Ethnography Quotes in Discourse on Colonialism
His doctrine? It has the virtue of simplicity.
That the West invented science. That the West alone knows how to think; that at the borders of the Western world there begins the shadowy realm of primitive thinking which, dominated by the notion of participation, incapable of logic, is the very model of faulty thinking.
And the museums of which M. Caillois is so proud, not for one minute does it cross his mind that, all things considered, it would have been better not to have needed them; that Europe would have done better to tolerate the non-European civilizations at its side, leaving them alive, dynamic and prosperous, whole and not mutilated; that it would have been better to let them develop and fulfill themselves than to present for our admiration, duly labelled, their dead and scattered parts; that anyway, the museum by itself is nothing; that it means nothing, that it can say nothing, when smug self-satisfaction rots the eyes, when a secret contempt for others withers the heart, when racism, admitted or not, dries up sympathy; that it means nothing if its only purpose is to feed the delights of vanity; that after all, the honest contemporary of Saint Louis, who fought Islam but respected it, had a better chance of knowing it than do our contemporaries (even if they have a smattering of ethnographic literature), who despise it.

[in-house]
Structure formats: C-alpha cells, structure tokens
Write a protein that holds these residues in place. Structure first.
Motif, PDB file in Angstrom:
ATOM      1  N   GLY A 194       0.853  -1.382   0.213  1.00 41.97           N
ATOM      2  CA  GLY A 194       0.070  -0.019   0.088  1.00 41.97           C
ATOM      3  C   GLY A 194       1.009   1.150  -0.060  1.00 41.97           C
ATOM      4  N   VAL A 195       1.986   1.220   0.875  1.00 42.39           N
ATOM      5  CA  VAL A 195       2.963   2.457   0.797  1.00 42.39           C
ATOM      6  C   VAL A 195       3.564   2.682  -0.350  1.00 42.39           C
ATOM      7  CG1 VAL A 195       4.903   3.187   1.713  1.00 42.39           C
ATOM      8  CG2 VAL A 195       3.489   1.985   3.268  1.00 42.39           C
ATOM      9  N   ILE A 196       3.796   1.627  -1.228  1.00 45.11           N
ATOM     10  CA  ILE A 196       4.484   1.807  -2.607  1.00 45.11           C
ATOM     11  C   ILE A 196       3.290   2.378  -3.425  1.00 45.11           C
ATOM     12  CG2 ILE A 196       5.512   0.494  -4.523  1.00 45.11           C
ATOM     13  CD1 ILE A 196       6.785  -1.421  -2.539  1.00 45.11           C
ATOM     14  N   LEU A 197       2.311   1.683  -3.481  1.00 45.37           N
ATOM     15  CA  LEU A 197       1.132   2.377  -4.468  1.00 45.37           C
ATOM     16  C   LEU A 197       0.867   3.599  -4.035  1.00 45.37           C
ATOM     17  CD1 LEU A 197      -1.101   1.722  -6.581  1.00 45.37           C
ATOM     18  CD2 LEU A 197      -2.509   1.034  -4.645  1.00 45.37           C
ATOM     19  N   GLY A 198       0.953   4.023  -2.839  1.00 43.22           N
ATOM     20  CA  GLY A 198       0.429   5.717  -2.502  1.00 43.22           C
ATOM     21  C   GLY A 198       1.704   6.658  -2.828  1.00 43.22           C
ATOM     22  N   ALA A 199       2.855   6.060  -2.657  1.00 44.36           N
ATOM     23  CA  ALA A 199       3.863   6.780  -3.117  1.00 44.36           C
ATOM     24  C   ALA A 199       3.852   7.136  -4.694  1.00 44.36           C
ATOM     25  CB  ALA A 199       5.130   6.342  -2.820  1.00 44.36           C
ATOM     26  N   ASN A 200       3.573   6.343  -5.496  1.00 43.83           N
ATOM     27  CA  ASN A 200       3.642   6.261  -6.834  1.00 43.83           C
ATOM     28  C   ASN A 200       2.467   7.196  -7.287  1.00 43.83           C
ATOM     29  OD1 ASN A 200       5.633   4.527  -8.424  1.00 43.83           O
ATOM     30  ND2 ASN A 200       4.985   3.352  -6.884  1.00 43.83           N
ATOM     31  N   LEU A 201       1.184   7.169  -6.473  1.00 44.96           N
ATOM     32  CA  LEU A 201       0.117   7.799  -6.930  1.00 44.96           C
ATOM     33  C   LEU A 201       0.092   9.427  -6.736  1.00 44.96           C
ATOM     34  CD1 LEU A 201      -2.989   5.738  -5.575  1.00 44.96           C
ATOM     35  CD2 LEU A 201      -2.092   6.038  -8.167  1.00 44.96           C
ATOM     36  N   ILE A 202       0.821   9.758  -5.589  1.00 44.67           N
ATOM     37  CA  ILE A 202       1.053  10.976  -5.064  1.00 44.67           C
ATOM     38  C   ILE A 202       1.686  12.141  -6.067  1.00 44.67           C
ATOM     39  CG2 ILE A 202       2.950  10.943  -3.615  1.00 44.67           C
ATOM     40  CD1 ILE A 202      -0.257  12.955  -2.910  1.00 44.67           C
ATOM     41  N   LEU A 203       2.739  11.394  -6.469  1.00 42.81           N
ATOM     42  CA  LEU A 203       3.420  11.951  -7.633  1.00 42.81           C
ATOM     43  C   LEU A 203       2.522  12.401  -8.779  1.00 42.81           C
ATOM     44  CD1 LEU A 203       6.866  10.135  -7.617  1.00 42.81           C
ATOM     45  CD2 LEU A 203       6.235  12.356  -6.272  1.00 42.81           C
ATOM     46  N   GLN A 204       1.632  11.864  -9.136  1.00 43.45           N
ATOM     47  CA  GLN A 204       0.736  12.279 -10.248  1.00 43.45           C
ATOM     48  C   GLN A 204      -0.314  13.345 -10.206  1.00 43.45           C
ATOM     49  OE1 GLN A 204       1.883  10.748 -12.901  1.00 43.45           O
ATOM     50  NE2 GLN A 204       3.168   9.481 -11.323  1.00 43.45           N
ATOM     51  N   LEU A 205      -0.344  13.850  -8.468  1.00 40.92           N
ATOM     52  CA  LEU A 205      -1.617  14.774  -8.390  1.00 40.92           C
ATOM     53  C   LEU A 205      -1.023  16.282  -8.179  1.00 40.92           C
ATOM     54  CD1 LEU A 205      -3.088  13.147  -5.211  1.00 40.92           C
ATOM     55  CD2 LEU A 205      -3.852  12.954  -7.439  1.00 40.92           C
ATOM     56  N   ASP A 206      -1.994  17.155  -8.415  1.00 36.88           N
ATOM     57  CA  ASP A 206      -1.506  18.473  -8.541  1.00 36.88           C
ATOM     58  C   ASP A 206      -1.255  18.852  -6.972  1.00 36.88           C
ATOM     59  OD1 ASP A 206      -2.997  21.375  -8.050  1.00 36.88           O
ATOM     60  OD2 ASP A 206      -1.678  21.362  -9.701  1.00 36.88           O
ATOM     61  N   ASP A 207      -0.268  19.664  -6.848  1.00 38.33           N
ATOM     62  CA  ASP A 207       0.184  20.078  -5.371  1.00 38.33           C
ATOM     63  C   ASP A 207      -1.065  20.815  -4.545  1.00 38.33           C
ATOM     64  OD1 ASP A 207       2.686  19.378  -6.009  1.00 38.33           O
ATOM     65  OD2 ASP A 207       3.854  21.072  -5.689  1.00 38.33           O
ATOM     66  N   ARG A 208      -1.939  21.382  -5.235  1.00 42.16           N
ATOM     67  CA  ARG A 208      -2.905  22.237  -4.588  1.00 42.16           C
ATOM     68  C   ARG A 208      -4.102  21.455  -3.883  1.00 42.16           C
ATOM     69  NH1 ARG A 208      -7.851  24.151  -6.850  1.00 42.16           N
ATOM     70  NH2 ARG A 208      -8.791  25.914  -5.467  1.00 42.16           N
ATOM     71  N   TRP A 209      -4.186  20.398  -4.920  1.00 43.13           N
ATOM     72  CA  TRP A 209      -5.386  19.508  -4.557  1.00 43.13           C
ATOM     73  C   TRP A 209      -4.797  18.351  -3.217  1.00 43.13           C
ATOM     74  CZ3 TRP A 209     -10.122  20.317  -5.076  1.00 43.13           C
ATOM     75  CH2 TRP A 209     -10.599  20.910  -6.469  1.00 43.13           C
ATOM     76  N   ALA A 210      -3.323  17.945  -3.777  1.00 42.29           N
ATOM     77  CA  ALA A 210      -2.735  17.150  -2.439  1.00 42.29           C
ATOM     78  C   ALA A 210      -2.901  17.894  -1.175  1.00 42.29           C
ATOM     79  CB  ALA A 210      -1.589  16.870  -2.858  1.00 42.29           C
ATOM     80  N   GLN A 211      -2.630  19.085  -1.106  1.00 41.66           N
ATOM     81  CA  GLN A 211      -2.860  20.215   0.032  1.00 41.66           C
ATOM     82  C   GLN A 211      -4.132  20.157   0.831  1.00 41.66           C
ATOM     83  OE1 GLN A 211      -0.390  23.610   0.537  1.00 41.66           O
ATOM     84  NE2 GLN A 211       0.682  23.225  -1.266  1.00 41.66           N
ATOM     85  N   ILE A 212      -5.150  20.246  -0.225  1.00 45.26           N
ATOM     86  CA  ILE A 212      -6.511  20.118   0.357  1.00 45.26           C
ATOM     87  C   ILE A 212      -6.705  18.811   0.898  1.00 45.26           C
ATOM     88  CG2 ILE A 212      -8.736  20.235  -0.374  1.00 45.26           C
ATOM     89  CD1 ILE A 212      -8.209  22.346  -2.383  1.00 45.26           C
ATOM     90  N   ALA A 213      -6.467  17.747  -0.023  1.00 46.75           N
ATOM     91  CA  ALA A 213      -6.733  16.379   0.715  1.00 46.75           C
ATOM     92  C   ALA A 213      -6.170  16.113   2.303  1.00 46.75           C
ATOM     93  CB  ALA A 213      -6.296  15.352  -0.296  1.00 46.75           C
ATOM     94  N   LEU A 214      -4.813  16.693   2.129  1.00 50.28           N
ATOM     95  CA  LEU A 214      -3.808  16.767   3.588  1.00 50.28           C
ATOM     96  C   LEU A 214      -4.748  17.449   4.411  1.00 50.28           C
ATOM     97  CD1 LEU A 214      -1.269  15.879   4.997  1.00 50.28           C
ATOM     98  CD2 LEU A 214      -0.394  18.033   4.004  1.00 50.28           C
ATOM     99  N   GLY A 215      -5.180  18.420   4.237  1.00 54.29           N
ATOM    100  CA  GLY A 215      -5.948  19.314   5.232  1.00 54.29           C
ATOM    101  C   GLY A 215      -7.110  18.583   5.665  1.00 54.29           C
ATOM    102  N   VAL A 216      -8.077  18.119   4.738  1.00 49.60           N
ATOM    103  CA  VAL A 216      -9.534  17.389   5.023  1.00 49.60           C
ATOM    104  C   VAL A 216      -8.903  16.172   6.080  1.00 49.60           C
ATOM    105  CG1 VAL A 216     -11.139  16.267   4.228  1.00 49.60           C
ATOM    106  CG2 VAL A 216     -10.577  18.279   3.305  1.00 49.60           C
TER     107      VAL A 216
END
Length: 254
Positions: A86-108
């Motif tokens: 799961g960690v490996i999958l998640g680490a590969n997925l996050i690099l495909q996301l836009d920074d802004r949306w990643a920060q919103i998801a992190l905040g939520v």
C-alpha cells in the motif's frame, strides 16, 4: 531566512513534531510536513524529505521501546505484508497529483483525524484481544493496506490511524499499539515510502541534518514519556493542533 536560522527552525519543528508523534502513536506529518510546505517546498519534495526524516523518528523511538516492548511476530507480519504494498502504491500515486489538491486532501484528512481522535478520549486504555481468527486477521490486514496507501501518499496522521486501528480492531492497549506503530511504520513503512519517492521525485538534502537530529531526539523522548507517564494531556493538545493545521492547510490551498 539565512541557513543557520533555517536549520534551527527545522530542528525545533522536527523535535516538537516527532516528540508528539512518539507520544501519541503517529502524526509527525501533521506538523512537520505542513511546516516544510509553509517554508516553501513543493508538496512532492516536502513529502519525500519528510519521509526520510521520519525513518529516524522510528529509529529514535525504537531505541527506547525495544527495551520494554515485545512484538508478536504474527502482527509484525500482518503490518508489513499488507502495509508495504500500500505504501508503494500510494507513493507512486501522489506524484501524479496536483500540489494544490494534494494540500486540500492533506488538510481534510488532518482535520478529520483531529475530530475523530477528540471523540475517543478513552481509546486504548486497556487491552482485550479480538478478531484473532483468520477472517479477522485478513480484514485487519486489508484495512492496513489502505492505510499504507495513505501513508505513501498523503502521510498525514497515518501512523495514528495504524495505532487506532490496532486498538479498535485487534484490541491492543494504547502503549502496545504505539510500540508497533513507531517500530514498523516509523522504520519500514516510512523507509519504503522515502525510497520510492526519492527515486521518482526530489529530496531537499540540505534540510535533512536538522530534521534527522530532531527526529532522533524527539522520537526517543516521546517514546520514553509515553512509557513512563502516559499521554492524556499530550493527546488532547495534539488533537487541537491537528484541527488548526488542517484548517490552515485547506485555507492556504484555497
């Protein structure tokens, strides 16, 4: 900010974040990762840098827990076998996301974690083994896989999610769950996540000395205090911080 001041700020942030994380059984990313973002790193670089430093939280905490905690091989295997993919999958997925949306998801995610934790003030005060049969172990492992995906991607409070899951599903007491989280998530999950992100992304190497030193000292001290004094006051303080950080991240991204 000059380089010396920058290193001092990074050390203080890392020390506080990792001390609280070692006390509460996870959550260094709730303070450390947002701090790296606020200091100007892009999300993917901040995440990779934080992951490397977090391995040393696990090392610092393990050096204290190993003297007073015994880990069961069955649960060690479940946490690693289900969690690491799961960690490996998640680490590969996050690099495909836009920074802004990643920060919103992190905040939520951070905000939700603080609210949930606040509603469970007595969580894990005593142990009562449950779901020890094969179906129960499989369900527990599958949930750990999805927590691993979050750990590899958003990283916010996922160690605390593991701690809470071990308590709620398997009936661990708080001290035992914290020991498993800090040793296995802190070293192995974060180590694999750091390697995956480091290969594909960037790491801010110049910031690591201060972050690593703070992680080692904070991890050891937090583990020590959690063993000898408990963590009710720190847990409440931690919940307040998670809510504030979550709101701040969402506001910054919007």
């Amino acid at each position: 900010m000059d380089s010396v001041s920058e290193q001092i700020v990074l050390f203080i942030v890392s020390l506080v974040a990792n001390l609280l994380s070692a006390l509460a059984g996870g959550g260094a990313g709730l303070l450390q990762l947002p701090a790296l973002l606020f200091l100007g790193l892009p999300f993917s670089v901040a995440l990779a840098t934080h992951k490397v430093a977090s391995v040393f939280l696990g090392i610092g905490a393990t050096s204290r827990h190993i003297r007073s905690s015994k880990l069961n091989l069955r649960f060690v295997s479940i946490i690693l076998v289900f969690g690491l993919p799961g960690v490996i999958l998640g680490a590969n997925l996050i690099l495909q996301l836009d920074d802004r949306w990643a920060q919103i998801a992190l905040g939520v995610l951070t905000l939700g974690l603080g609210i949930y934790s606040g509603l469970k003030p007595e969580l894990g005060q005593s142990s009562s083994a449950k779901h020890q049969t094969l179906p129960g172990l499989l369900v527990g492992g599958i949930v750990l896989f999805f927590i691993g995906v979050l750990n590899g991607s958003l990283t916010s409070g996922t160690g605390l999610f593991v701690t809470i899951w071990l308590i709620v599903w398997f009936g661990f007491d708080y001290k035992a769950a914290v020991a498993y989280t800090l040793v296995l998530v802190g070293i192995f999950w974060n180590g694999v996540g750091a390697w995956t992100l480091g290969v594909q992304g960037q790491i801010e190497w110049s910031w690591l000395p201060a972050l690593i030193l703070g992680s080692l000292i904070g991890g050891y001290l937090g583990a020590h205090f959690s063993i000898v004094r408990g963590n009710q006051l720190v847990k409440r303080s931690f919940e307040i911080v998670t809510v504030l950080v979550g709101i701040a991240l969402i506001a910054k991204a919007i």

No, in the scales of knowledge all the museums in the world will never weigh so much as one spark of human sympathy.